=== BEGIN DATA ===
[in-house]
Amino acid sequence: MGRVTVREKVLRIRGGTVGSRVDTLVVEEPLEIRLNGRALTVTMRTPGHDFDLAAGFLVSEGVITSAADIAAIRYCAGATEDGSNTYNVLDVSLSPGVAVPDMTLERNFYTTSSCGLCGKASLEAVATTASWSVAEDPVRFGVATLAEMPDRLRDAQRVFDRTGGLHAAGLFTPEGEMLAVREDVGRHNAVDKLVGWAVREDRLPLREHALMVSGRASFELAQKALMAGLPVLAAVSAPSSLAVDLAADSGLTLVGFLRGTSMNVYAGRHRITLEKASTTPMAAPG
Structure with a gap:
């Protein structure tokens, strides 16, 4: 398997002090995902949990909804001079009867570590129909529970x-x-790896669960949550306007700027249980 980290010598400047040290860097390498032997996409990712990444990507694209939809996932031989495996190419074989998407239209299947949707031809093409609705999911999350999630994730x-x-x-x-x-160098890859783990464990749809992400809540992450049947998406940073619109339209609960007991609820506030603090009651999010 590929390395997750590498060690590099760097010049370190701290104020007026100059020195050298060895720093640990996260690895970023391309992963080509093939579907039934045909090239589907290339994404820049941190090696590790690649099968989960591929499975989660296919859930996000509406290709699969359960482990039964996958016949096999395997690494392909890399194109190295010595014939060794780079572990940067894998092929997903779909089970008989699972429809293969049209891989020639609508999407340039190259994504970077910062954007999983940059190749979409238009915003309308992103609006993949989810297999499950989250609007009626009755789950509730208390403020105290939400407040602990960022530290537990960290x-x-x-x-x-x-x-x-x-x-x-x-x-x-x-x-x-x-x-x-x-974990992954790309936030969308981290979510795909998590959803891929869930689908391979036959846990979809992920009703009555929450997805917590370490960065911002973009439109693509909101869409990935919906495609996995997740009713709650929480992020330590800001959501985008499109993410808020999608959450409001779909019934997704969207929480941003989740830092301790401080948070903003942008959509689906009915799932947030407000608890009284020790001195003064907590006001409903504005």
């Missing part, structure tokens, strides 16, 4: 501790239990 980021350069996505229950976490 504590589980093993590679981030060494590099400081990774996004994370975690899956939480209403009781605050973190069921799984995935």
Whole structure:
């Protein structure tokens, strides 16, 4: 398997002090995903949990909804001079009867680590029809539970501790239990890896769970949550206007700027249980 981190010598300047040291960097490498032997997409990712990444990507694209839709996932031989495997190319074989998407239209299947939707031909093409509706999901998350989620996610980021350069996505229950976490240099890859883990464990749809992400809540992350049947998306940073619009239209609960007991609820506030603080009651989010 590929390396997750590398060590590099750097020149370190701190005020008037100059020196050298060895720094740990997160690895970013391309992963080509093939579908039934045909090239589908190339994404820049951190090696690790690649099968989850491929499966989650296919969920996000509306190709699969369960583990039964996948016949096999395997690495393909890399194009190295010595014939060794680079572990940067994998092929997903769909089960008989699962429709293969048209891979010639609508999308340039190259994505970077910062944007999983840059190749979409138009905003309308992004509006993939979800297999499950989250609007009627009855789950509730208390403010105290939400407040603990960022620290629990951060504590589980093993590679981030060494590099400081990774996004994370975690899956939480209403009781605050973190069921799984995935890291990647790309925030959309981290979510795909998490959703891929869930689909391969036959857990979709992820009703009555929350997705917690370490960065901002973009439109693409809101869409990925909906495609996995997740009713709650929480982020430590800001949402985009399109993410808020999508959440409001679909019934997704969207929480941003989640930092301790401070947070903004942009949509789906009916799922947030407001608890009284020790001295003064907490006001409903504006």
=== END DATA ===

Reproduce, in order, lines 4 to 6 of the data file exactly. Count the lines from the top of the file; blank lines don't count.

């Protein structure tokens, strides 16, 4: 398997002090995902949990909804001079009867570590129909529970x-x-790896669960949550306007700027249980 980290010598400047040290860097390498032997996409990712990444990507694209939809996932031989495996190419074989998407239209299947949707031809093409609705999911999350999630994730x-x-x-x-x-160098890859783990464990749809992400809540992450049947998406940073619109339209609960007991609820506030603090009651999010 590929390395997750590498060690590099760097010049370190701290104020007026100059020195050298060895720093640990996260690895970023391309992963080509093939579907039934045909090239589907290339994404820049941190090696590790690649099968989960591929499975989660296919859930996000509406290709699969359960482990039964996958016949096999395997690494392909890399194109190295010595014939060794780079572990940067894998092929997903779909089970008989699972429809293969049209891989020639609508999407340039190259994504970077910062954007999983940059190749979409238009915003309308992103609006993949989810297999499950989250609007009626009755789950509730208390403020105290939400407040602990960022530290537990960290x-x-x-x-x-x-x-x-x-x-x-x-x-x-x-x-x-x-x-x-x-974990992954790309936030969308981290979510795909998590959803891929869930689908391979036959846990979809992920009703009555929450997805917590370490960065911002973009439109693509909101869409990935919906495609996995997740009713709650929480992020330590800001959501985008499109993410808020999608959450409001779909019934997704969207929480941003989740830092301790401080948070903003942008959509689906009915799932947030407000608890009284020790001195003064907590006001409903504005």
């Missing part, structure tokens, strides 16, 4: 501790239990 980021350069996505229950976490 504590589980093993590679981030060494590099400081990774996004994370975690899956939480209403009781605050973190069921799984995935």
Whole structure: